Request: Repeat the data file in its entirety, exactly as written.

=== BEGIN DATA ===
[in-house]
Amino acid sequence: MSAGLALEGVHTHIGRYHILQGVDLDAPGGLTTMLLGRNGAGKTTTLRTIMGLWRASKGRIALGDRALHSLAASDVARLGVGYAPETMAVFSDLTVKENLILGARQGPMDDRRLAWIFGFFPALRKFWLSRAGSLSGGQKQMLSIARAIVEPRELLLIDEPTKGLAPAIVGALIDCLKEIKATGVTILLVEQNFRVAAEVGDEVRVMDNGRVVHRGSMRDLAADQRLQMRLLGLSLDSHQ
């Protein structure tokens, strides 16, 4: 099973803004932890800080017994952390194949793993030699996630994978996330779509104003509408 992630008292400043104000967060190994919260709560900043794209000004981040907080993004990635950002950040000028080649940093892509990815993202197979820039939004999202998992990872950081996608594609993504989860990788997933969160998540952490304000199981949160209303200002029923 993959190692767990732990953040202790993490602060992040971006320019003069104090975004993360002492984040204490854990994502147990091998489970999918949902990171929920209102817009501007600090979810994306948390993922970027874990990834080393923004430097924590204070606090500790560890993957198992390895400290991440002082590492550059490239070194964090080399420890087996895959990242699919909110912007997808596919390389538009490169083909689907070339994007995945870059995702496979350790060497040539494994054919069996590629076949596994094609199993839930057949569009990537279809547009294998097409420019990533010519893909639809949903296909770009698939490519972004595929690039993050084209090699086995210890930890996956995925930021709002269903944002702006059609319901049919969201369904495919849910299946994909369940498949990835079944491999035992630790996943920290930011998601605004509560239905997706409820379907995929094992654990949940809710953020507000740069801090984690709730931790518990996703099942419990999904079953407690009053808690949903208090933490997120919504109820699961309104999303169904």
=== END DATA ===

[in-house]
Amino acid sequence: MSAGLALEGVHTHIGRYHILQGVDLDAPGGLTTMLLGRNGAGKTTTLRTIMGLWRASKGRIALGDRALHSLAASDVARLGVGYAPETMAVFSDLTVKENLILGARQGPMDDRRLAWIFGFFPALRKFWLSRAGSLSGGQKQMLSIARAIVEPRELLLIDEPTKGLAPAIVGALIDCLKEIKATGVTILLVEQNFRVAAEVGDEVRVMDNGRVVHRGSMRDLAADQRLQMRLLGLSLDSHQ
């Protein structure tokens, strides 16, 4: 099973803004932890800080017994952390194949793993030699996630994978996330779509104003509408 992630008292400043104000967060190994919260709560900043794209000004981040907080993004990635950002950040000028080649940093892509990815993202197979820039939004999202998992990872950081996608594609993504989860990788997933969160998540952490304000199981949160209303200002029923 993959190692767990732990953040202790993490602060992040971006320019003069104090975004993360002492984040204490854990994502147990091998489970999918949902990171929920209102817009501007600090979810994306948390993922970027874990990834080393923004430097924590204070606090500790560890993957198992390895400290991440002082590492550059490239070194964090080399420890087996895959990242699919909110912007997808596919390389538009490169083909689907070339994007995945870059995702496979350790060497040539494994054919069996590629076949596994094609199993839930057949569009990537279809547009294998097409420019990533010519893909639809949903296909770009698939490519972004595929690039993050084209090699086995210890930890996956995925930021709002269903944002702006059609319901049919969201369904495919849910299946994909369940498949990835079944491999035992630790996943920290930011998601605004509560239905997706409820379907995929094992654990949940809710953020507000740069801090984690709730931790518990996703099942419990999904079953407690009053808690949903208090933490997120919504109820699961309104999303169904």